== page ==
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So, if the Bears actually play Cover 3 and the SS is reading the TE the entire time, where if the TE stays in pass protection, the SS will rush the passer in a Safety Blitz, if the TE goes onto a route, you have a safety covering the TE, with the Safety playing deep center field. With the bunch on the right, and the TE shifted out, the SS will come into defending the pass, which is where Chris Conte and Brandon Hardin come in who don't have elite top end speed, but have the size to match up against TE's effectively and are ex-CB's who have decent skills in man to man coverage.

With the TE split out, You can't make the same assumptions as the play develops that you did in the previous example. Because if the Z receiver looks like, and smells like he's going deep, the CB has nothing to do but give him the space because he's no longer playing with safety help over top, he can trail, but if it's a speedster like Titus Young, it's best to not let him get too far behind you. With the TE's responsibility being manned by the SS. As the TE goes deep, and the Z cuts inside, the LCB won't be stuck on the Z as much as before, and again, the Nickel sitting in the curl zone over the W has the opportunity to step up and take away the inside breaking route that the CB can't cover with the cushion he had to provide to the Z. Not necessarily saying the Nickel will make it to break up the play as the W receiver pushes the Nickel inside as they pass off to the Mike, but, there's players there and forcing the QB to find the right hole in coverage is always the challenge with that sudden speed.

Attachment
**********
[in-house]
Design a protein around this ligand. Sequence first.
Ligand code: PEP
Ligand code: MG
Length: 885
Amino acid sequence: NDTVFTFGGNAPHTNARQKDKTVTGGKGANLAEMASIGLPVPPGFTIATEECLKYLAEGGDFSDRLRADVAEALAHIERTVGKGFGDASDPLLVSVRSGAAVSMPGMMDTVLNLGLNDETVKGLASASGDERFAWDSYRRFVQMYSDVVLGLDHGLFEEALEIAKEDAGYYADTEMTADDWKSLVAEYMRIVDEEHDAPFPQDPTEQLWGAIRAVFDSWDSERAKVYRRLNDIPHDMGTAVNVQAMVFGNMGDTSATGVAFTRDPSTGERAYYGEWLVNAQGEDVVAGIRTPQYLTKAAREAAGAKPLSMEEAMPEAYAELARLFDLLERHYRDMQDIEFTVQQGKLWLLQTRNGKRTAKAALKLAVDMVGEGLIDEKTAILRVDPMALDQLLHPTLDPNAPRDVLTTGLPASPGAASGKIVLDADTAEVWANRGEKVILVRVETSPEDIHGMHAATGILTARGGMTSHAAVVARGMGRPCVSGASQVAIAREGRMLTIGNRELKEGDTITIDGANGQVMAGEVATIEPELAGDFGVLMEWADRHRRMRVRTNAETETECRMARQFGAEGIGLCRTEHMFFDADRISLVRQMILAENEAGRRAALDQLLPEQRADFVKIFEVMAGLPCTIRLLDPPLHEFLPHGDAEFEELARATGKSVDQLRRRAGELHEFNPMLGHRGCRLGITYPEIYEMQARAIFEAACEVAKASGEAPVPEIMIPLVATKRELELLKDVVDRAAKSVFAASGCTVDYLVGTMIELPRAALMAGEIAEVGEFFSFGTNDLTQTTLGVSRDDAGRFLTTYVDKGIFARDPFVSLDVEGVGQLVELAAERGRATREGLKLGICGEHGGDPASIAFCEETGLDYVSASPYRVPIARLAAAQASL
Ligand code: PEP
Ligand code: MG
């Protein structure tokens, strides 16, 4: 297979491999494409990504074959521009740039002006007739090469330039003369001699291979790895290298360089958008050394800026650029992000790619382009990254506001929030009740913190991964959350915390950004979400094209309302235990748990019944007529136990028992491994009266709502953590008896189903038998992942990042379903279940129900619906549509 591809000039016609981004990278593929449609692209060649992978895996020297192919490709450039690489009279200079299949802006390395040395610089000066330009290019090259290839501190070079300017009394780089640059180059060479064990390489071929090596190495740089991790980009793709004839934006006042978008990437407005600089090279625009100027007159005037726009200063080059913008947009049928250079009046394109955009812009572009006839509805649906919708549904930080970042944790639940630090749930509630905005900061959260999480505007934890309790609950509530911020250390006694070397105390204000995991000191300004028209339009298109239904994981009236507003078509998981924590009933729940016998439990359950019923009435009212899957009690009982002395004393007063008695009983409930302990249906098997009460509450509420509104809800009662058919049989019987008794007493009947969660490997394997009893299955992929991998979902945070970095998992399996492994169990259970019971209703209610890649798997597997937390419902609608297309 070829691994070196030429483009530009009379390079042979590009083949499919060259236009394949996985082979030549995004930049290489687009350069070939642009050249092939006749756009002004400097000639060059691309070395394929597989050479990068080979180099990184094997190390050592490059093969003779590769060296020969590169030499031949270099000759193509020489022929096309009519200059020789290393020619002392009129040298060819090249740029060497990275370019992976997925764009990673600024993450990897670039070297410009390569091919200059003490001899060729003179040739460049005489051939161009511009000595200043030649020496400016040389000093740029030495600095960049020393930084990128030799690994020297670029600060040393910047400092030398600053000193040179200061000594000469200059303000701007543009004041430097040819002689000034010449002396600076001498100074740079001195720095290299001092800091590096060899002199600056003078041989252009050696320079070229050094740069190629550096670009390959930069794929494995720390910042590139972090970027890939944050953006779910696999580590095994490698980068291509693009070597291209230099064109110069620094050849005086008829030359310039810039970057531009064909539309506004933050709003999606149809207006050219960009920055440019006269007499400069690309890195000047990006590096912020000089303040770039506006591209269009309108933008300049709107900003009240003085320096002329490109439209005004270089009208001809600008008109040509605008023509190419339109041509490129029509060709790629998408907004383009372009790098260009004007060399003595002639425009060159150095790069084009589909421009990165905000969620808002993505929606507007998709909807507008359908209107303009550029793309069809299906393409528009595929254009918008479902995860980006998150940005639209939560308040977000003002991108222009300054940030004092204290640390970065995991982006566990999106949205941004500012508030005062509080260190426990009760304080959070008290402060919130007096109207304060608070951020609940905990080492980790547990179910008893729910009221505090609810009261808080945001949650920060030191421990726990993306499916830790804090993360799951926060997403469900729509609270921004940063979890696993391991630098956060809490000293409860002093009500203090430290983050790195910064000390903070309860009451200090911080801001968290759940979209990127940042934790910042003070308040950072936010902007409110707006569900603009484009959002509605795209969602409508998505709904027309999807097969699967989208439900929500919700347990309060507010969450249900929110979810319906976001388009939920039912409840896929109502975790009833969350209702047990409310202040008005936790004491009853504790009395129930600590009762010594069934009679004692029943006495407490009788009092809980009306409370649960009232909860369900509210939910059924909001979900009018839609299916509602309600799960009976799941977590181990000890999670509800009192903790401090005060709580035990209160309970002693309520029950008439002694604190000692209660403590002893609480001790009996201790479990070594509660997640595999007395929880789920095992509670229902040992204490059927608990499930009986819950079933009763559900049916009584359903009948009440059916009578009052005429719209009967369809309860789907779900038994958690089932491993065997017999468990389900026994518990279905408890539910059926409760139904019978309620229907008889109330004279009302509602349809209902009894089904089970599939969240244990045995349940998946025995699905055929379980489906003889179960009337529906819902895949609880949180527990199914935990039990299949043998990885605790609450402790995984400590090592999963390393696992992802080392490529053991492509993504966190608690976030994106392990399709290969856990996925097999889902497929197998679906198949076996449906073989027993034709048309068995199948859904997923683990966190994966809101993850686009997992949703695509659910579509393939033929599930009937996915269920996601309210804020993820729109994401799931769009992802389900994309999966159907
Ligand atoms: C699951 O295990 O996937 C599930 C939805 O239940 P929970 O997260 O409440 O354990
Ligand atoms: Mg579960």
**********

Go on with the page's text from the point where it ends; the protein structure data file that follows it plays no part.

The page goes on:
We've come to the point where the the league requires you to have 3 competent, if not very good cornerbacks. In that last example, if you replaced the Nickel with Nick Roach, you'd probably have an unfavorable matchup based on speed that would be easier for the offense to exploit with 2 WR's lined up strong side with a good TE. The Nickel package, and safeties who have the ability to not only hit, but cover, are becoming the new norm in improving NFL level defense. One day soon, you'll see draft boards talking about how a player will be a solid nickelback, who plays well in small spaces, tackles well, and has good hands. May not have the size to necessarily matchup on the outside, but, will be an class unto themselves that provides valuable relief to an increasinly pass heavy league and bigger, but slower cornerbacks who can tackle find their way into the deep secondary as the safety position becomes redefined again from a physical standpoint.